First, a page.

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To describe advertising, promotions, and pack prices for the leading brands of menthol and nonmenthol cigarettes near California high schools and to examine their associations with school and neighborhood demographics.
In stores (n = 407) within walking distance (0.8 km [1/2 mile]) of California high schools (n = 91), trained observers counted ads for menthol and nonmenthol cigarettes and collected data about promotions and prices for Newport and Marlboro, the leading brand in each category. Multilevel modeling examined the proportion of all cigarette advertising for any menthol brand, the proportion of stores with sales promotions, and the lowest advertised pack price in relation to store types and school/neighborhood demographics.
For each 10 percentage point increase in the proportion of Black students, the proportion of menthol advertising increased by 5.9 percentage points (e.g., from an average of 25.7%–31.6%), the odds of a Newport promotion were 50% higher (95% CI = 1.01, 2.22), and the cost of Newport was 12 cents lower (95% CI = −0.18, −0.06). By comparison, the odds of a promotion and the price for Marlboro, the leading brand of nonmenthol cigarettes, were unrelated to any school or neighborhood demographics.
In high school neighborhoods, targeted advertising exposes Blacks to more promotions and lower prices for the leading brand of menthol cigarettes. This evidence contradicts the manufacturer’s claims that the availability of its promotions is not based on race/ethnicity. It also highlights the need for tobacco control policies that would limit disparities in exposure to retail marketing for cigarettes.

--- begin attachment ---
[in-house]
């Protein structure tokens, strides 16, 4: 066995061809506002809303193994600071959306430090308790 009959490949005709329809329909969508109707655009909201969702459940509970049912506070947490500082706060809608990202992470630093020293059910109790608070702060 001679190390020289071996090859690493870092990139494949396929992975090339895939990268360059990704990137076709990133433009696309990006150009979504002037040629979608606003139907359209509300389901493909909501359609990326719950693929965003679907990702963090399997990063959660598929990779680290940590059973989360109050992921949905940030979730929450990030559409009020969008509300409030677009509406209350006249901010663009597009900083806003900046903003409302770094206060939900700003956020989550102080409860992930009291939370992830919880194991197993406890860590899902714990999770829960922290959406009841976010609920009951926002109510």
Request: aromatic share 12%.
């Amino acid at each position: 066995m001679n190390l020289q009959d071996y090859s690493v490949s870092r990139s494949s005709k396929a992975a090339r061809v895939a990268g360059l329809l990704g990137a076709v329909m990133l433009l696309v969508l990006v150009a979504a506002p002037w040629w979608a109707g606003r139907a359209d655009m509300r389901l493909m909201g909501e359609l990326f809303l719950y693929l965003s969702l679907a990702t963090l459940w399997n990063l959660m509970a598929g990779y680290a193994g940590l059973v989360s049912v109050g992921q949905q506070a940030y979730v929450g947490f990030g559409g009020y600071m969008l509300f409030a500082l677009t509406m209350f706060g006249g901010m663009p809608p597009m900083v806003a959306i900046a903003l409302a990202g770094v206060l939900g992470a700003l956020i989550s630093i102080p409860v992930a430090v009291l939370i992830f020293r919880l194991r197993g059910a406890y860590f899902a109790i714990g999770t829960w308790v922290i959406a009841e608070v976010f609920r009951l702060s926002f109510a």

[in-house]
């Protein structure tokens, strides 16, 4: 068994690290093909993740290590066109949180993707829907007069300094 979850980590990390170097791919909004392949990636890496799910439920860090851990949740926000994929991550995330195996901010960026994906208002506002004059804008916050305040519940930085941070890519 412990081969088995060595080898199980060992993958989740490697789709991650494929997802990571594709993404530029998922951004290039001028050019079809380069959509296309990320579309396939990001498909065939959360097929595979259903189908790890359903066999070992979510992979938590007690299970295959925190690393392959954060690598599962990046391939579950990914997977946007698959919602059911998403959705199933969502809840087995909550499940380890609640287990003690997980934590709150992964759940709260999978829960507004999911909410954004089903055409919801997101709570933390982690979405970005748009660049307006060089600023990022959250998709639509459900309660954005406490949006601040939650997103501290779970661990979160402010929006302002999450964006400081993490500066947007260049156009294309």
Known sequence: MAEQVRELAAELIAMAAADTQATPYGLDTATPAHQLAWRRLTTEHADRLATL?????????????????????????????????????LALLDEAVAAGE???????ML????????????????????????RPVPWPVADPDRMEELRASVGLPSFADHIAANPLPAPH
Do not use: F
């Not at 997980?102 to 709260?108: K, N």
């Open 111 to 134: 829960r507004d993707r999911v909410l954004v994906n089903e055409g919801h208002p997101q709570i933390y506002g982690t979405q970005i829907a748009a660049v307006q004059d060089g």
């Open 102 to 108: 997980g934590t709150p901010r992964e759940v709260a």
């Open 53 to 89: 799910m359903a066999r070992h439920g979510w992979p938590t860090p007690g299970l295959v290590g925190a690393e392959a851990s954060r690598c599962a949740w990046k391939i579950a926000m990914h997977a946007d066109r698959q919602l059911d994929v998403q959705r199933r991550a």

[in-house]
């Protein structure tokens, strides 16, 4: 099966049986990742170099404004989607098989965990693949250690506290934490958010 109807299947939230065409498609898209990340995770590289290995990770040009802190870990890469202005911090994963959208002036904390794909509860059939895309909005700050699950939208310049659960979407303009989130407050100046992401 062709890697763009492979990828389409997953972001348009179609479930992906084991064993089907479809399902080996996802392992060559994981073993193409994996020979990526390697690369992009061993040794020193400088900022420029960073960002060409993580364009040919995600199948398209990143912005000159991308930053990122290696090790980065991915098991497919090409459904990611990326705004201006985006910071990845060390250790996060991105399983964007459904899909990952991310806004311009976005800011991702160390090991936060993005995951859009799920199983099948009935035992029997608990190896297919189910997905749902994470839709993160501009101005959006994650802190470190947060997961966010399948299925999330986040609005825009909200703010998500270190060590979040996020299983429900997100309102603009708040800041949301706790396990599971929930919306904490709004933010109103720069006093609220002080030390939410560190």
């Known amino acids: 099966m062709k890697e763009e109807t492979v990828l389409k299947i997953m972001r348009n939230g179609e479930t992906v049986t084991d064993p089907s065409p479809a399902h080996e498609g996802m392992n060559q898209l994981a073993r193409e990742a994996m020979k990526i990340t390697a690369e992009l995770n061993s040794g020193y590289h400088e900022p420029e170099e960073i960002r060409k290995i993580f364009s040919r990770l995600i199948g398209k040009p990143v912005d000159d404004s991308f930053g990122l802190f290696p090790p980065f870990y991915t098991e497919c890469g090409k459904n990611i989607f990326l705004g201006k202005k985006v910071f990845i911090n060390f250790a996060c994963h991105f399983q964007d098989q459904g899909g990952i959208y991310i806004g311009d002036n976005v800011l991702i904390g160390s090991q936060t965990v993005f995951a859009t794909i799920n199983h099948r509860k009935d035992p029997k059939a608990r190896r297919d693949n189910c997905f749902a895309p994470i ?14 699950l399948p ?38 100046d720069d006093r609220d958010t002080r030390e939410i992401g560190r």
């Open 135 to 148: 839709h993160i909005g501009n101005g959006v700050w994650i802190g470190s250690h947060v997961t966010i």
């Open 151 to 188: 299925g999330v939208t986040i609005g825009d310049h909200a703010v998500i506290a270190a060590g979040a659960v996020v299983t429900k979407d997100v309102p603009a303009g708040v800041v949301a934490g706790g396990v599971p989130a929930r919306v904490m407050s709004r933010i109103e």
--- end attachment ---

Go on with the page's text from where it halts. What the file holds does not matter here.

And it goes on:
Although more adolescents smoke nonmenthol than menthol cigarettes, preference for menthol cigarettes among teenage smokers in the United States increased from 43.4% in 2004 to 48.3% in 2008 (Caraballo & Asman, 2011). When annual surveys were combined over the five-year period, more Black smokers (ages 12–17) preferred menthols (71.9%) than Hispanic smokers (47.0%) and non-Hispanic Whites (41.0%). Newport (manufactured by Lorillard, Inc.) has been the most popular menthol brand since 1993, and its share of the total U.S. cigarette market was 9.8% in 2009 (Altria Client Services, 2010). The brand is distinctly more popular with younger smokers: In 2005, 23.2% of adolescent smokers (ages 12–17) and 17.8% of young adult smokers (ages 18–25) smoked Newport, but only 8.7% of older smokers preferred it (Office of Applied Studies, 2007). Newport is the most popular cigarette brand among Black smokers of all ages and second to Marlboro as the most popular brand among adolescent smokers (Tobacco Products Scientific Advisory Committee, 2011).
Tobacco industry documents provide ample evidence of efforts to target youth and Blacks with marketing for menthol cigarettes (Anderson, 2011; Hafez & Ling, 2006; Johnson et al., 2008; Yerger, Przewoznik, & Malone, 2007). For example, Brown & Williamson, a manufacturer of almost exclusively menthol cigarettes, placed a greater quantity of interior and exterior signs in so-called “focus” communities or stores—predominately low-income, Black areas that were identified as being critical to increasing market share (Cruz, Wright, & Crawford, 2010). Corroborating evidence is apparent in three studies that observed a disproportionate concentration of outdoor or storefront advertising for menthol cigarettes in predominantly Black neighborhoods of Boston, MA (Laws, Whitman, Bowser, & Krech, 2002; Pucci, Joseph, & Siegel, 1998; Seidenberg, Caughey, Rees, & Connolly, 2010). However, the extent to which selectively targeted advertising translates into a greater availability of promotions and lower prices for menthol cigarettes has received little attention.